As one skilled in the art will understand, a large variety of electrical components may be mounted on the circuit board, including integrated circuits and other discrete components. Typically, the electrical components are mounted on the circuit board in one of two ways. The first technique for mounting electrical components on a circuit board is to provide electrical leads on the electrical components that extend through the circuit board. The tips of these leads then are bent and/or soldered to an outer surface of the circuit board. Where space is limited, solder usually is preferred as a method to both secure the electrical component to the circuit board, and to provide a high quality electrical connection between the leads and the circuit paths on or in the circuit board. In order to perform this soldering process, usually a wave soldering machine is used to provide the requisite soldering of connections on one or both sides of the circuit board. Typically, the circuit board is placed in the wave soldering machine so that solder is applied to all conductive surfaces on the bottom of the circuit board.
In addition to providing solder to the leads of the electrical components, solder also is applied to conductive pad surfaces on the solder-side of the circuit board during the wave soldering process. To the extent that conductive surfaces on the solder-side of the board are not to be soldered, a solder mask must be provided as the bottom layer of the circuit board. The solder mask resists the application of solder. Thus, in accordance with normal techniques, the solder-side surface of the circuit board is designed with conductive pads, such as copper, where solder is to be deposited during the wave soldering process. Some of the larger conductive pads that are provided on the bottom of the circuit boards are the grounding pads, where grounding screws and/or hooks are to be attached or mounted.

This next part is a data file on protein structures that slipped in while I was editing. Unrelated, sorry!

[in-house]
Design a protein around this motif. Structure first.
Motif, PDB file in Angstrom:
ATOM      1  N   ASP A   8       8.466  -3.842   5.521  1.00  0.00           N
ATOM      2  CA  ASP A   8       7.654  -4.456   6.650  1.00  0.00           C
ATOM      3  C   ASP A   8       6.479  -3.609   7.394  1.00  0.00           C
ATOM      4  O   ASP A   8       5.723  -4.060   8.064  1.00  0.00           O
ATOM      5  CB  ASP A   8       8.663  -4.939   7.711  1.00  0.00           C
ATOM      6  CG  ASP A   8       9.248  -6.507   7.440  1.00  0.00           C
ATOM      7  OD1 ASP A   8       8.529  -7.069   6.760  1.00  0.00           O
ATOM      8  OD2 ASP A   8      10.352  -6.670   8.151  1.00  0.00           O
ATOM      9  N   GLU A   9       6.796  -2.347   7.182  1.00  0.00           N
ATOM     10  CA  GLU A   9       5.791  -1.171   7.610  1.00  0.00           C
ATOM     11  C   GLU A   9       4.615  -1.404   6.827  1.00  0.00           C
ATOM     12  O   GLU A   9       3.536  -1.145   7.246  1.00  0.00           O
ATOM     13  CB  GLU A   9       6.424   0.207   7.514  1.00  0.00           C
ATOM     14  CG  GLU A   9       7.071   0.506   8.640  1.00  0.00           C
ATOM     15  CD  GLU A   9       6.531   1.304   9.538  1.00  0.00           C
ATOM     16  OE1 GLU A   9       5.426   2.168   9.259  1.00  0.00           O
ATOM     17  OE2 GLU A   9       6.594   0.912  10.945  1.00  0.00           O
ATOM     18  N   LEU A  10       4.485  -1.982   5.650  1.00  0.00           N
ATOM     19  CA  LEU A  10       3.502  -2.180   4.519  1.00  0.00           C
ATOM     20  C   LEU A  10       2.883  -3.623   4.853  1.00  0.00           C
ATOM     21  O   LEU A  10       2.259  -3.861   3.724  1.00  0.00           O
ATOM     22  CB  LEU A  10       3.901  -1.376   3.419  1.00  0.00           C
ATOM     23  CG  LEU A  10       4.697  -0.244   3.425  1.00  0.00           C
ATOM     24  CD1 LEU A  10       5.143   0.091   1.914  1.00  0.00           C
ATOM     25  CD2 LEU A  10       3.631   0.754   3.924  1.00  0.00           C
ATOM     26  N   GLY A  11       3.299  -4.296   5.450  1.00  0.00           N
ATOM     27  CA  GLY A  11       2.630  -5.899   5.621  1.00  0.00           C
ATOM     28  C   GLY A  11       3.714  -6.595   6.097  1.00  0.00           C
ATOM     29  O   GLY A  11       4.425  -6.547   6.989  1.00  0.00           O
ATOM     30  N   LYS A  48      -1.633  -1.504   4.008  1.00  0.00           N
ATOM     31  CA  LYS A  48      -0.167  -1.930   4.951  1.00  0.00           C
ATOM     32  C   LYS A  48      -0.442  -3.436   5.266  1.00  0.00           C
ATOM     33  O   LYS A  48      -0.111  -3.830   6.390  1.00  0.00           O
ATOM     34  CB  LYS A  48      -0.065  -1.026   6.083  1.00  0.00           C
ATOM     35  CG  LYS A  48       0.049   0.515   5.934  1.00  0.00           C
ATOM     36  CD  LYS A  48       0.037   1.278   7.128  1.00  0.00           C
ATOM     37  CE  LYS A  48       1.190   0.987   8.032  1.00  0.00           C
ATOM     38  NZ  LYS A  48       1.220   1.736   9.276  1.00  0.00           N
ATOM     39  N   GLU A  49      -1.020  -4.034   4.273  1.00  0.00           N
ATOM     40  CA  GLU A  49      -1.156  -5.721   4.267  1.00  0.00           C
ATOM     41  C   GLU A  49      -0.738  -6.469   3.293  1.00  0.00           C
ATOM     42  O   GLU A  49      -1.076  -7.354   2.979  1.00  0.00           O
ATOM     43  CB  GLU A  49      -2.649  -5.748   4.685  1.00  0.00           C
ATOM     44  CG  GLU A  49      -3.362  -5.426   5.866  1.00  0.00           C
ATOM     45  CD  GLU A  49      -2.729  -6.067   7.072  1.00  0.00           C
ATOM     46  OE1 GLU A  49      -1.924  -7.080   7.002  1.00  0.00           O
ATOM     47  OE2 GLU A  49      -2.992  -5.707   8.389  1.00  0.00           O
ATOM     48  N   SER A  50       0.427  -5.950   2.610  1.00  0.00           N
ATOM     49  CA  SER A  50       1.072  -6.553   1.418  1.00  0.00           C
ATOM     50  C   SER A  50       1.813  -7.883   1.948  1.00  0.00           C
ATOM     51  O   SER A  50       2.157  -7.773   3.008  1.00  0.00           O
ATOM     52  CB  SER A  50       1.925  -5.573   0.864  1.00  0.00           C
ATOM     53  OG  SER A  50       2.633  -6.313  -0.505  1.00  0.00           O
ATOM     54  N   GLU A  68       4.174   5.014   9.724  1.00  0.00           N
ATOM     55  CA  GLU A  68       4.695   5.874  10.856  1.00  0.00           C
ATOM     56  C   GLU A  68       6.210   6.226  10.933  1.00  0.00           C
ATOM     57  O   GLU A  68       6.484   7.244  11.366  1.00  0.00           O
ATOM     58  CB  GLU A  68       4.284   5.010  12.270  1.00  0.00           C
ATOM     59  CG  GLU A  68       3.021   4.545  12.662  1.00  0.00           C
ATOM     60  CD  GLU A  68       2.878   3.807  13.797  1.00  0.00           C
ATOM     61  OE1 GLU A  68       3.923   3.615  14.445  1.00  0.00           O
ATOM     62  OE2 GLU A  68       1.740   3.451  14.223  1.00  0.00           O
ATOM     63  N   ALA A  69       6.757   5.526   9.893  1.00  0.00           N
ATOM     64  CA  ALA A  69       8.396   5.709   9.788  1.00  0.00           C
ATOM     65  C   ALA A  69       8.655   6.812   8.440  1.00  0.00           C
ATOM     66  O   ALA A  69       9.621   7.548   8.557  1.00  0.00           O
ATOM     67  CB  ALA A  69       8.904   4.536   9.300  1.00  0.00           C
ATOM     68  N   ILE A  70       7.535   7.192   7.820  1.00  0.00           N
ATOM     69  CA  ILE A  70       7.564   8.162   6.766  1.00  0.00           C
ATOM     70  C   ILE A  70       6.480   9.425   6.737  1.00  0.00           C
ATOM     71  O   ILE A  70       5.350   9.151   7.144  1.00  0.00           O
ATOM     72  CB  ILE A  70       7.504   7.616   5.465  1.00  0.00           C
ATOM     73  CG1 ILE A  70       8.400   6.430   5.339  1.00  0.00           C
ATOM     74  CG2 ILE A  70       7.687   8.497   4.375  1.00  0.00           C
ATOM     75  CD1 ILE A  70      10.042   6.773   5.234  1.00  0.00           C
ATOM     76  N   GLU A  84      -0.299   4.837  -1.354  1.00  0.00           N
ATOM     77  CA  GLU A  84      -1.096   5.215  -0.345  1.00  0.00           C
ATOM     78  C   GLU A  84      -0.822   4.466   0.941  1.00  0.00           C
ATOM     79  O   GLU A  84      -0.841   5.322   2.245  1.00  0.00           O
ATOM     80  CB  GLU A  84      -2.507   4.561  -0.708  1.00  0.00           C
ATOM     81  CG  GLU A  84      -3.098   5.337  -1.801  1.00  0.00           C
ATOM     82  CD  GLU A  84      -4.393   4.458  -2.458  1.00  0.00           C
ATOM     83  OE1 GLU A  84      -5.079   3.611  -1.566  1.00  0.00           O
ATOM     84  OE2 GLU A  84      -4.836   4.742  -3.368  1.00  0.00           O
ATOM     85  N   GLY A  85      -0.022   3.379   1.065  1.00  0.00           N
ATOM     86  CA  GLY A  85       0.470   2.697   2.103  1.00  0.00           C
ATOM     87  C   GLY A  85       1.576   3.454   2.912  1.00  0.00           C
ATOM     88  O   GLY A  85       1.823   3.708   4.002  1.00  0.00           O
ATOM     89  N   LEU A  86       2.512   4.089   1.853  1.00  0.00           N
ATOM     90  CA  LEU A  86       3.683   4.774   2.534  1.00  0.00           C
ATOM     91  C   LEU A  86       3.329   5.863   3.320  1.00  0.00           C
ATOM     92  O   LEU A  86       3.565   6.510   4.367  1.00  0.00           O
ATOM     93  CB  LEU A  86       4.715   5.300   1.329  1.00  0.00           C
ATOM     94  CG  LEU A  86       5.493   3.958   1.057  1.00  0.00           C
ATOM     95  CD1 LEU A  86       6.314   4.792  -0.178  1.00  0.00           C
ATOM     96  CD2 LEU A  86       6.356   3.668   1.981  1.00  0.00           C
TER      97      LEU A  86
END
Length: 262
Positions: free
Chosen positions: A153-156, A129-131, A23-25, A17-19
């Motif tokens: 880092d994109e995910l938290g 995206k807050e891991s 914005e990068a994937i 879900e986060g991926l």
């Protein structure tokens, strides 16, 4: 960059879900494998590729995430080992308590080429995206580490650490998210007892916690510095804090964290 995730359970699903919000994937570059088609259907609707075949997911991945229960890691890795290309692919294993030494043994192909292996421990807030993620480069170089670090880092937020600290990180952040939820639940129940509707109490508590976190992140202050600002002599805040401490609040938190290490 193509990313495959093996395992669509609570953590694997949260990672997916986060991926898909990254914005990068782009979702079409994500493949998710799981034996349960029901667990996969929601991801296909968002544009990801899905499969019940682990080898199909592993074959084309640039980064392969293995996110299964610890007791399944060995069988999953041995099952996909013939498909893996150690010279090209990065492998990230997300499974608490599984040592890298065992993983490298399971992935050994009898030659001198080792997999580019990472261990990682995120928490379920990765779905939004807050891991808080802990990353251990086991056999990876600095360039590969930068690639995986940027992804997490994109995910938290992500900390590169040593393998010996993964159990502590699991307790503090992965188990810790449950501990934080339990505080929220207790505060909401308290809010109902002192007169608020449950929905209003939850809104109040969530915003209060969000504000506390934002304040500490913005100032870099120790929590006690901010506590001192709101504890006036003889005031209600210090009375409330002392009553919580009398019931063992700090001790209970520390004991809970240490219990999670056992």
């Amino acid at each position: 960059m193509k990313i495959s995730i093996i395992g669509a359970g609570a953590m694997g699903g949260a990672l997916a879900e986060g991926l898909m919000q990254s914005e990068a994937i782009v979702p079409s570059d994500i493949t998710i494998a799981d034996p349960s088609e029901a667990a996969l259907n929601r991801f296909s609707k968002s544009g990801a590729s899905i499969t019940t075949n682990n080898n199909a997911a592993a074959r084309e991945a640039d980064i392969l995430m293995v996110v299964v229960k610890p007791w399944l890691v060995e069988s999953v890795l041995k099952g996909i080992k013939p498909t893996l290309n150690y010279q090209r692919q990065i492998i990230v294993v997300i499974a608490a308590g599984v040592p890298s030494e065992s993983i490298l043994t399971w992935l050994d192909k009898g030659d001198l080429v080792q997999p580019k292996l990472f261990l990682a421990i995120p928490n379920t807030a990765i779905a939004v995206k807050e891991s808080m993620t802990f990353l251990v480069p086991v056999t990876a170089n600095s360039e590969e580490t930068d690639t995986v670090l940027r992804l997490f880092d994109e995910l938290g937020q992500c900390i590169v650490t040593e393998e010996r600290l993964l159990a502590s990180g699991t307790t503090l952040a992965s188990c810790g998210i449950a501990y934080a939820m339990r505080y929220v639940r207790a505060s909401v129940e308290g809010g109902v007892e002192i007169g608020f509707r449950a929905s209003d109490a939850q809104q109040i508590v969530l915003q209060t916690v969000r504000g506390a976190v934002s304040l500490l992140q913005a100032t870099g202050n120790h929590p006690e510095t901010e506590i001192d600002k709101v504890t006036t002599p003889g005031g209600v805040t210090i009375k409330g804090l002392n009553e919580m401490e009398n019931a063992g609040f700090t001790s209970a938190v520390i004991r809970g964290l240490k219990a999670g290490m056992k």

Printed circuit boards typically are designed in layers, with various circuit paths, and in some instances, circuit elements, in each layer of the board. Thus, a typical circuit board has a number of different layers, with the upper and lower layers including circuit paths for connecting to components that are mounted to the top or bottom of the circuit board. In prior art circuit boards, typically a plurality of "plated through holes" are provided for receiving the grounding screws. As that term is conventionally used, plated through holes are holes drilled through the circuit board, which include a conductive material applied to the board at the periphery of the mounting hole so that each layer of the circuit board can be electrically connected to the grounding screw. In addition, a solid conductive (copper) pad typically is provided on external layers of the board adjacent the aperture for the screw. The upper pad functions to connect to the head of the screw, while the lower pad functions to connect to the body or chassis of the product in which the board is mounted. Solder tends to wick through the plated through holes, and to accumulate in large mounts on the relatively large pads. Because solder is not applied evenly in the wave solder process (based upon various considerations such as surface tension, etc.), after soldering the solder deposited on the conductive pads and plated through holes tends to be uneven, and in fact, relatively large bumps or clusters may appear at one portion of the pad while other portions have relatively large valleys. This problem is greatly exaggerated on larger pad areas, such as the grounding pads.